It’s three o’ clock in the afternoon.

“It’s – it is three o’ clock in the afternoon, your vult- er – your Honour,” he replied. 

The Gyps looked at him for a long moment. It turned to the room and said:


A group of small and medium birds at the other end of the courtroom began to sing:

“It’s three-o’-clock in the aft-er-noon

The ther-mals are high and strong

They bear the scent of the fresh-ly dead

Whose bones be-long to-us – all.”


Court in session. Present the case, said the Gyps.

Below, a colourful reptile cleared its throat.

“Docket number 1,123 (A). Cattaparthy versus Jarkub.”

“Jacob. It’s Jacob,” he said without thinking, eliciting a roar of Silence! from the Gyps.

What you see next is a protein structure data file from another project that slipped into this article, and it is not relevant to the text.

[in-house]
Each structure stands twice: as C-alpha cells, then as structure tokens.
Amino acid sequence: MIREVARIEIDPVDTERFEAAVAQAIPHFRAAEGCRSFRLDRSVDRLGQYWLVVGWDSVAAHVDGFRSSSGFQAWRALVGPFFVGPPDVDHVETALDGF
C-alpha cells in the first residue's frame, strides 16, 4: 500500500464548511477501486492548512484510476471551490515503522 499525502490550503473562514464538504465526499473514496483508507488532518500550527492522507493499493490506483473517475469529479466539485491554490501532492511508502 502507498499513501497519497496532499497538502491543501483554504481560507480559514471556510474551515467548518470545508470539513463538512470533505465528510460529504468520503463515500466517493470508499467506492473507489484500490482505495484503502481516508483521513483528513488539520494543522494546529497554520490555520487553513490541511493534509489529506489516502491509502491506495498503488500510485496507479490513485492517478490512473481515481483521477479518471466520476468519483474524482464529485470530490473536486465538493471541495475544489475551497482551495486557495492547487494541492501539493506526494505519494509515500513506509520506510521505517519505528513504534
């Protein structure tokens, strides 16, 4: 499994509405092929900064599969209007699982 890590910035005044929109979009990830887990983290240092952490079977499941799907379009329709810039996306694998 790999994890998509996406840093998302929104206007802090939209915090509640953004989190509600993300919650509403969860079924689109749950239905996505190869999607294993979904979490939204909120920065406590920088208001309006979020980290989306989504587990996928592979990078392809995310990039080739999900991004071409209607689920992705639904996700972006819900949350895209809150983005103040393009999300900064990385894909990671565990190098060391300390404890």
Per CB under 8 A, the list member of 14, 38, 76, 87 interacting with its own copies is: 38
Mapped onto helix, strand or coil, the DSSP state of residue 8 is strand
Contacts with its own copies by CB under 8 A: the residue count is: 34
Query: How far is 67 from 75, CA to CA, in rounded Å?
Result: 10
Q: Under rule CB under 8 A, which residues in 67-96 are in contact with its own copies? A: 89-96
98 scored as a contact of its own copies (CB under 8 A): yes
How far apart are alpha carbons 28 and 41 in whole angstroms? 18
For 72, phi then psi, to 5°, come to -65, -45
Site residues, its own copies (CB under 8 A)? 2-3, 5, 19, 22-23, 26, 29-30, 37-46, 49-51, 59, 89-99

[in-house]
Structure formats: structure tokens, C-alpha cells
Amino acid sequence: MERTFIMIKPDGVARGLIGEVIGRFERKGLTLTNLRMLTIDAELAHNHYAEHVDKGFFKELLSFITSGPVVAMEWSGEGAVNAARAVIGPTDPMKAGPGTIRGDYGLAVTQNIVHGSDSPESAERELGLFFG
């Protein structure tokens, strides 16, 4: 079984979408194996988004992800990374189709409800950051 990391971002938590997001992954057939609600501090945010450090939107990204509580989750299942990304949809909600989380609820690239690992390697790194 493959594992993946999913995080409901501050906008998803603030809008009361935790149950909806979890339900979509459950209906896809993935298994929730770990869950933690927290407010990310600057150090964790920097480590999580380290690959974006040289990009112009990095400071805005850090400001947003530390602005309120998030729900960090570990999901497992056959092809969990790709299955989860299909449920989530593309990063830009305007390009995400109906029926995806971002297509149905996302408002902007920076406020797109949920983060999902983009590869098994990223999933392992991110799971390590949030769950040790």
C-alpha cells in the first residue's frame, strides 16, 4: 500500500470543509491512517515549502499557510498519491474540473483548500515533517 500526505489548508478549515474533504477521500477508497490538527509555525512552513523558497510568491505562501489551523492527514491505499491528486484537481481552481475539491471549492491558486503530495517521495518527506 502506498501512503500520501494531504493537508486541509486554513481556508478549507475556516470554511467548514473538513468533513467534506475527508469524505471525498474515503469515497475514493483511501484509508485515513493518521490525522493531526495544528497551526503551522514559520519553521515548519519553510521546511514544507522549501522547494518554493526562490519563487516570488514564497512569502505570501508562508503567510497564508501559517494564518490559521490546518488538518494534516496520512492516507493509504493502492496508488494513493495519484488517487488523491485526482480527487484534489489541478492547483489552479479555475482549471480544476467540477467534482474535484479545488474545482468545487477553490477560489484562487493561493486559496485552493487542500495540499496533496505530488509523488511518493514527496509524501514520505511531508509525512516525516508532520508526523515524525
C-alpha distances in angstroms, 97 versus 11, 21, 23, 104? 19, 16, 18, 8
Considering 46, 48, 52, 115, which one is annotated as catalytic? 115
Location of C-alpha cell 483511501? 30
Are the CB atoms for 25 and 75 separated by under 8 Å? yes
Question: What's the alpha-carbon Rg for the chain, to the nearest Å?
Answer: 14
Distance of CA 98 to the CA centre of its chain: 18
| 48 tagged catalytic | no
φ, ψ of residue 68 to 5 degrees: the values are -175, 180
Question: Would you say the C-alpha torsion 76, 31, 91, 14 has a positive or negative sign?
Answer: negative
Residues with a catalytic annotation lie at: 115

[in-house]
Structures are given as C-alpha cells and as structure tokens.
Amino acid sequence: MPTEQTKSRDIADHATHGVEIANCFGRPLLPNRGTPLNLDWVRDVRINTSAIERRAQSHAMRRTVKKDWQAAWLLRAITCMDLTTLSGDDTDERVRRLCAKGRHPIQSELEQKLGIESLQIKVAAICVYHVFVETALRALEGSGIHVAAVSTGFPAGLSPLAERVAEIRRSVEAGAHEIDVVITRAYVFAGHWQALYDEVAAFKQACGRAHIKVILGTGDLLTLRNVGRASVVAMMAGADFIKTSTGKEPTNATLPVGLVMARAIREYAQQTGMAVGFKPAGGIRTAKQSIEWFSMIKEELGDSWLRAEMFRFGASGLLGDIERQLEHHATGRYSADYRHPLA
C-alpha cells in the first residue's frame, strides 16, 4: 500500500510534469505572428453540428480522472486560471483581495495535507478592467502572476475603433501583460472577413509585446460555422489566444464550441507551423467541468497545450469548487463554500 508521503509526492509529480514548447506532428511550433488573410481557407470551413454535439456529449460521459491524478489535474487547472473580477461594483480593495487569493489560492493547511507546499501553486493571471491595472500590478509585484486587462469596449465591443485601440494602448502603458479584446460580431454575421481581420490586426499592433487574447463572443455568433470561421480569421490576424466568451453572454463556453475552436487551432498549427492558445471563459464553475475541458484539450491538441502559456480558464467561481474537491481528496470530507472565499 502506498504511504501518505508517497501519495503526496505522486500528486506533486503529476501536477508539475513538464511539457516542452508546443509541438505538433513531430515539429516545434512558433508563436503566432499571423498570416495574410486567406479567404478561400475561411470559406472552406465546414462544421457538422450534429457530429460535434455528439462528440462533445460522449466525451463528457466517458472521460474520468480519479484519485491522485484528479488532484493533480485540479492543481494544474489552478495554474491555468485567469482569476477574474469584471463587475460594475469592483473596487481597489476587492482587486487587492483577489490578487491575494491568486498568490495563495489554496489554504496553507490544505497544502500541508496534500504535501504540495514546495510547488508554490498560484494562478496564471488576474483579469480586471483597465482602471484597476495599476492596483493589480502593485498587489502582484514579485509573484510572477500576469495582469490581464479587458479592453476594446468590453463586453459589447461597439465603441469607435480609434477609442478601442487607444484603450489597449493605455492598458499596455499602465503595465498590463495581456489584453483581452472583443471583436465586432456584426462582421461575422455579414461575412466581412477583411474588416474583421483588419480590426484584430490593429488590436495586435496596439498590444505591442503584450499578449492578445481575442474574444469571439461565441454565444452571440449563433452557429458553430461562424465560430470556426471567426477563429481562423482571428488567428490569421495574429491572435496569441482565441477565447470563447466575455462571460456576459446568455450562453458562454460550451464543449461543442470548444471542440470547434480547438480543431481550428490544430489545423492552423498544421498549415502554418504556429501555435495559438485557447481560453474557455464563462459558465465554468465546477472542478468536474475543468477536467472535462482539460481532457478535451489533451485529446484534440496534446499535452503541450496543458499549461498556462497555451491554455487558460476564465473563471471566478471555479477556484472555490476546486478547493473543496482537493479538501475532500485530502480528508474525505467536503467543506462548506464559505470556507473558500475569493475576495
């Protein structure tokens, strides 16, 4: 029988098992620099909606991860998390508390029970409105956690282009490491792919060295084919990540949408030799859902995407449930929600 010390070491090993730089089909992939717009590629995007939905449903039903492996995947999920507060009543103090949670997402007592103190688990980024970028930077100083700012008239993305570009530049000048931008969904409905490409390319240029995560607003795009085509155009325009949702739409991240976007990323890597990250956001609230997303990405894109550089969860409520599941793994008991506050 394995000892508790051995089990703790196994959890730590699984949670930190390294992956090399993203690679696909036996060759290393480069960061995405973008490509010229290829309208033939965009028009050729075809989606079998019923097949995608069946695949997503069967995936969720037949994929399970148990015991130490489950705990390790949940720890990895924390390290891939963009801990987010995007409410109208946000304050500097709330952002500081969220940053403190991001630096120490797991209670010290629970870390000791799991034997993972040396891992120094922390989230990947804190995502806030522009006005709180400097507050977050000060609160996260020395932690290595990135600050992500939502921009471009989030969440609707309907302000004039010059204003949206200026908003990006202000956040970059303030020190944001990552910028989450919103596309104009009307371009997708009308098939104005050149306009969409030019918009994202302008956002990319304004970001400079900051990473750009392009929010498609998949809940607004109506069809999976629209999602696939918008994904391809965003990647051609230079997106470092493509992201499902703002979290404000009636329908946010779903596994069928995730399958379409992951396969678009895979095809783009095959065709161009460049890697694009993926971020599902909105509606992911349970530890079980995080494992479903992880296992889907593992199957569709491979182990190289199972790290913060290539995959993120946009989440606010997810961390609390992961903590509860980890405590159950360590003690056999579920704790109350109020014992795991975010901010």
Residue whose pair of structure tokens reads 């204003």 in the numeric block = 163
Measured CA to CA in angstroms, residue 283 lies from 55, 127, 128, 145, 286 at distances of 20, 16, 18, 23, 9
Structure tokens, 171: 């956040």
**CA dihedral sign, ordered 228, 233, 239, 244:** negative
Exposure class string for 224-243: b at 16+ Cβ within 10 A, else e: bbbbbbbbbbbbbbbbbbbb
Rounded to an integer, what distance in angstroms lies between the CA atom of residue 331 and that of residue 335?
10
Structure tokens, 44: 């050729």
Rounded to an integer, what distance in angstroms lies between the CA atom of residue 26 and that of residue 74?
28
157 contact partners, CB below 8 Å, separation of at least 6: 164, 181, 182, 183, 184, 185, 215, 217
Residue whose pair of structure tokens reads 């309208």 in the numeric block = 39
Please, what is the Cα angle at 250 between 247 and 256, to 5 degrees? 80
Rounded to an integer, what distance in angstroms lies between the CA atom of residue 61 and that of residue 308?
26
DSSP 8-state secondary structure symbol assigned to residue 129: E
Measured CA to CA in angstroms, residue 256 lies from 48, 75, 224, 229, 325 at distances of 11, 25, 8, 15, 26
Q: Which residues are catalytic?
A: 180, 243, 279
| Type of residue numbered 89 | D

Read the charges! it said.

The defen-daaant is charged with attempted theft of property of the plaintiff, under Section 421 (A) of the Indian Penal Code,” drawled the reptile.

He was on his feet. “Theft! Attempted! It’s a mistake! Your Honour! Mr. Catter – Mr Cattaparthy!” he bawled, while the plaintiff glowered at him, tail flicking.

The courtroom exploded in excitement.

Silence! Sit DOWN! shouted the Gyps, flapping mightily, and there was quiet.

Mr. Jarkub, it said. Are you cognisant of the penalty for repeated interruption of court proceedings?

“No, your honour,” he said, shaking.

Good. What is your plea? it said. 

“Not guilty.”

Present the evidence, said the Gyps. 

A lithe animal, some sort of weasel, he thought, rose to its feet next to the plaintiff.

“Your honour,” it said, “In lieu of arguments, we will present video evidence, it being exceptionally clear.”